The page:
The Giddens bankruptcy case arose after Marta Morales and Christopher Giddens divorced in 2008.  Like many couples do, Giddens and Morales agreed to enter into a settlement agreement.  The agreement was memorialized in a divorce judgment.  The agreement awarded Morales a lump sum of more than $150,000 as well as significant amounts of personal property including home furniture and vehicles.

Unfortunately for Morales, Giddens’ word was not his bond and he never paid the sums or property due to her.  Instead, Giddens spent years attempting to avoid his divorce obligation.  He went so far in this attempt that he landed himself behind bars for contempt of court and his testimony was disregarded by the court.  The bankruptcy court went so far as to characterize Giddens as the most unpersuasive witness it had ever seen who was “incapable of telling the truth.”

Eventually but not surprisingly, Giddens decided it was in his best interests to declare bankruptcy.  Morales was thus reduced to the status of a creditor.  However, she wisely requested that the court declare her debt under the marital settlement agreement and corresponding judgment not dischargeable.  Morales advanced a few different arguments under 11 USC 523.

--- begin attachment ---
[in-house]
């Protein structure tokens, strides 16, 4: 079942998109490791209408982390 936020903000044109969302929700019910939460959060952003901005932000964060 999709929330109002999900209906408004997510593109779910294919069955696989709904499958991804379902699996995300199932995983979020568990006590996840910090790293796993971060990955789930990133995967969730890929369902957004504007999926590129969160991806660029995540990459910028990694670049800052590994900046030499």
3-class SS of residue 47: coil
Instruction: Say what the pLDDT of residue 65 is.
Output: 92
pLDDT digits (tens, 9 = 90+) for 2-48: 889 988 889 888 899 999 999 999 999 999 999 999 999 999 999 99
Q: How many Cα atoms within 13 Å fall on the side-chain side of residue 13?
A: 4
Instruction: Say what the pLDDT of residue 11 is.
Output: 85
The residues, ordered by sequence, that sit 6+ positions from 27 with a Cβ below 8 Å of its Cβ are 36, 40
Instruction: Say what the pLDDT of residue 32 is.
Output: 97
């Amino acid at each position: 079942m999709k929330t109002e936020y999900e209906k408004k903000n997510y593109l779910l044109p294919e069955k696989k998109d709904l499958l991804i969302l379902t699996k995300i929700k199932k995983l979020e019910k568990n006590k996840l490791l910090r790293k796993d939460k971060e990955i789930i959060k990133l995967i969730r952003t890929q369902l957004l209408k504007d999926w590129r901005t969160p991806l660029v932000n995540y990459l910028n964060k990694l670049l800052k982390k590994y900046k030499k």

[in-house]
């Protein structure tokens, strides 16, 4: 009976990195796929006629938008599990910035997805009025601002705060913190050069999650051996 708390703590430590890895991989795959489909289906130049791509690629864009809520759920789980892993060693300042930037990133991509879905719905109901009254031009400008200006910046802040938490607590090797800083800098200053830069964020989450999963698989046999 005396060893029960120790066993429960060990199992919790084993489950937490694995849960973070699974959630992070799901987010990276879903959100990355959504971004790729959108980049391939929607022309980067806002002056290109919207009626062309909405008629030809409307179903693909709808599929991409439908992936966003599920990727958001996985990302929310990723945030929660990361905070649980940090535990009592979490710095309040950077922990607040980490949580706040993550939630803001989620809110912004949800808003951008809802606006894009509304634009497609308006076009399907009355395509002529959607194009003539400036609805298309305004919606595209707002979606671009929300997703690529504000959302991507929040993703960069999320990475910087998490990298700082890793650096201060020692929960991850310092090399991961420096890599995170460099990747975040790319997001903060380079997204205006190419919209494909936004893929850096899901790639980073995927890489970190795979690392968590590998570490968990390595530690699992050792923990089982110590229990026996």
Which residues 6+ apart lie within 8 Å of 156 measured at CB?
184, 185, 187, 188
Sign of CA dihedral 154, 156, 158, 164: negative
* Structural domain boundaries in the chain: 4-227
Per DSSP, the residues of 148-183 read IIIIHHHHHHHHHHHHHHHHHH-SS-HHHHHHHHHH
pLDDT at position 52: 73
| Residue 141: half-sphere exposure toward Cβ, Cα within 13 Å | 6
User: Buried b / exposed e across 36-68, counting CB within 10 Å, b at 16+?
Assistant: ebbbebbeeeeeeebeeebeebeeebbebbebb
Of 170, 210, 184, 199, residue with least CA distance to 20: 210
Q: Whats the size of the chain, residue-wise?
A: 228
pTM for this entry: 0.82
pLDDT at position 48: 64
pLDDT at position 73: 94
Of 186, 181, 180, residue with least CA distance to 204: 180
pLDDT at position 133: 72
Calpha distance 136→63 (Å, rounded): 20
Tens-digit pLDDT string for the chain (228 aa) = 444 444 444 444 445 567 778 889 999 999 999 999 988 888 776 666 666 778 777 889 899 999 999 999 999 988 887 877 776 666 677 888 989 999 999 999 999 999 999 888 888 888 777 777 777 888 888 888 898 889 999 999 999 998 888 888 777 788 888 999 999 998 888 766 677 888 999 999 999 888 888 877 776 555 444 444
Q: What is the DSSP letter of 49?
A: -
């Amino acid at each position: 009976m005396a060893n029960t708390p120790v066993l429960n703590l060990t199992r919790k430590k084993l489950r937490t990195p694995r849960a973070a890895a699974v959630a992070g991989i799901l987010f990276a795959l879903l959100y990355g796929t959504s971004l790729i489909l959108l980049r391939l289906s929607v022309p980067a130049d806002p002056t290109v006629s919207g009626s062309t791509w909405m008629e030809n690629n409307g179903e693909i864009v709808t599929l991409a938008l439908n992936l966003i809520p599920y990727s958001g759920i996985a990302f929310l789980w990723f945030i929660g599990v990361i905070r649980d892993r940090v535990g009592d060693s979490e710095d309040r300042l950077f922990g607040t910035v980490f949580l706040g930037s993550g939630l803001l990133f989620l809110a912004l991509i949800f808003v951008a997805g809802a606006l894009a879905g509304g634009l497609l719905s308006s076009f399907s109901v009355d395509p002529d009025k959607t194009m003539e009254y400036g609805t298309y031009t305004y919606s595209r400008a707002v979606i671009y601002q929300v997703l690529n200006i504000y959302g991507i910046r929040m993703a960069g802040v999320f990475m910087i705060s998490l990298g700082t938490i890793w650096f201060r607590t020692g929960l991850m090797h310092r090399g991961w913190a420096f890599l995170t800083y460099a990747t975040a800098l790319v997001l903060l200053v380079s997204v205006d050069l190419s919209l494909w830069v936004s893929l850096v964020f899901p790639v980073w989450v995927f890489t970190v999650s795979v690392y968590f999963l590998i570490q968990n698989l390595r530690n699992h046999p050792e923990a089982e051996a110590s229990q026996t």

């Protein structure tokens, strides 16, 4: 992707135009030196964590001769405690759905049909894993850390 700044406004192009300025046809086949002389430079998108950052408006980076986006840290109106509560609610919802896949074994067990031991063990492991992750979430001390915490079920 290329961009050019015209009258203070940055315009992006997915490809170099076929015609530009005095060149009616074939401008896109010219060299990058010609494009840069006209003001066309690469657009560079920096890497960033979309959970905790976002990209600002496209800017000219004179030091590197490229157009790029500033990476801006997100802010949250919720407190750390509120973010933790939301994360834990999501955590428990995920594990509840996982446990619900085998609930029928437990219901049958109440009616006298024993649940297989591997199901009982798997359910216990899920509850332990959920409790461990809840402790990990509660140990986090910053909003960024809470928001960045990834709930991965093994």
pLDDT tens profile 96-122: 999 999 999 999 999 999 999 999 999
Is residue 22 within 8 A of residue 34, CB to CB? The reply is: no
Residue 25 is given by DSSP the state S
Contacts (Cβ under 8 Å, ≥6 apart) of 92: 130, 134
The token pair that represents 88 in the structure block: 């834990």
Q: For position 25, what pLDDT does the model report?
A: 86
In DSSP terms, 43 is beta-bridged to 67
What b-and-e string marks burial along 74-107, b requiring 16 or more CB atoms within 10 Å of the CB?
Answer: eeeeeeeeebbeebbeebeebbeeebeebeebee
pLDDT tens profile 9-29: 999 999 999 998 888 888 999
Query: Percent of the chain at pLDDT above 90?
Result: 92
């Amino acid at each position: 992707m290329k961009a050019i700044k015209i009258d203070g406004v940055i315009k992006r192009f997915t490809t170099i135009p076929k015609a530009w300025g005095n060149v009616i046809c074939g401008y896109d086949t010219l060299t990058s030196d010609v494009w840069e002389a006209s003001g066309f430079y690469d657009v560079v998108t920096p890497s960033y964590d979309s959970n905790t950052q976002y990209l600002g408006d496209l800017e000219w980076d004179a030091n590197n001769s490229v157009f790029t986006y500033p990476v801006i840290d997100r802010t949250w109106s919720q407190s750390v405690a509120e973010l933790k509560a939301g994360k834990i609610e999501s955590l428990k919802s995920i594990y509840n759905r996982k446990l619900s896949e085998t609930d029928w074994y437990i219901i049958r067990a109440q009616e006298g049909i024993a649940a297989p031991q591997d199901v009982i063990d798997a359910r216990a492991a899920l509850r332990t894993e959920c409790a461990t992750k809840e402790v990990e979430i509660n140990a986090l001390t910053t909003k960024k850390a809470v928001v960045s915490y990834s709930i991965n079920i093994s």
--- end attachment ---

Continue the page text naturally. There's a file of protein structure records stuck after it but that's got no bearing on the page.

The court denied some of the grounds but ultimately, agreed that Giddens debt was not dischargeable because it was procured through fraud.  More specifically, the court found that at the time Giddens entered into the marital settlement agreement, he had no intention of living up to his obligation to pay and transfer property to Morales.

Morales found an unlikely ally in the proceedings, her former husband’s paramour who too had been deceived into loaning money to Giddens.  The paramour testified that Giddens has explicitly told her of his attempts to hide assets from his former spouse.  Based in large part on this testimony, the court found that Giddens marital settlement agreement was fraudulently obtained (because he never intended to follow through with it) and not subject to discharge at the conclusion of bankruptcy proceedings.

Protecting the Non-Filing Spouse in a Chapter 13

There are several items that should be considered when drafting a divorce agreement or judgment and trying to avoid issues and protect the non-filing spouse in case of a Chapter 13 filing. If your spouse owes you money based on a divorce-related debt, you should contact an attorney that practices in personal bankruptcy to ensure that your rights are protected.

Clearly Label and Describe Debts

First and foremost is to properly label marital debts and clearly state the intention of the parties or the court. I have seen periodic alimony payments prefaced by “[i]n lieu of alimony or support, and as a property settlement” in an agreement drafted by an experienced attorney. Please don’t do this. If you intend for a debt to be for alimony, support, or maintenance, then clearly label and describe it as such. If you intend for a debt to be a property settlement, then clearly label and describe it as such. Any ambiguity will possibly lead to the Bankruptcy Court having to interpret and determine the type of debt and the intention of the parties.

Additionally, make sure that in any award of attorney’s fees it is clearly stated if the award was based on one spouse’s need and the other spouse’s ability to pay.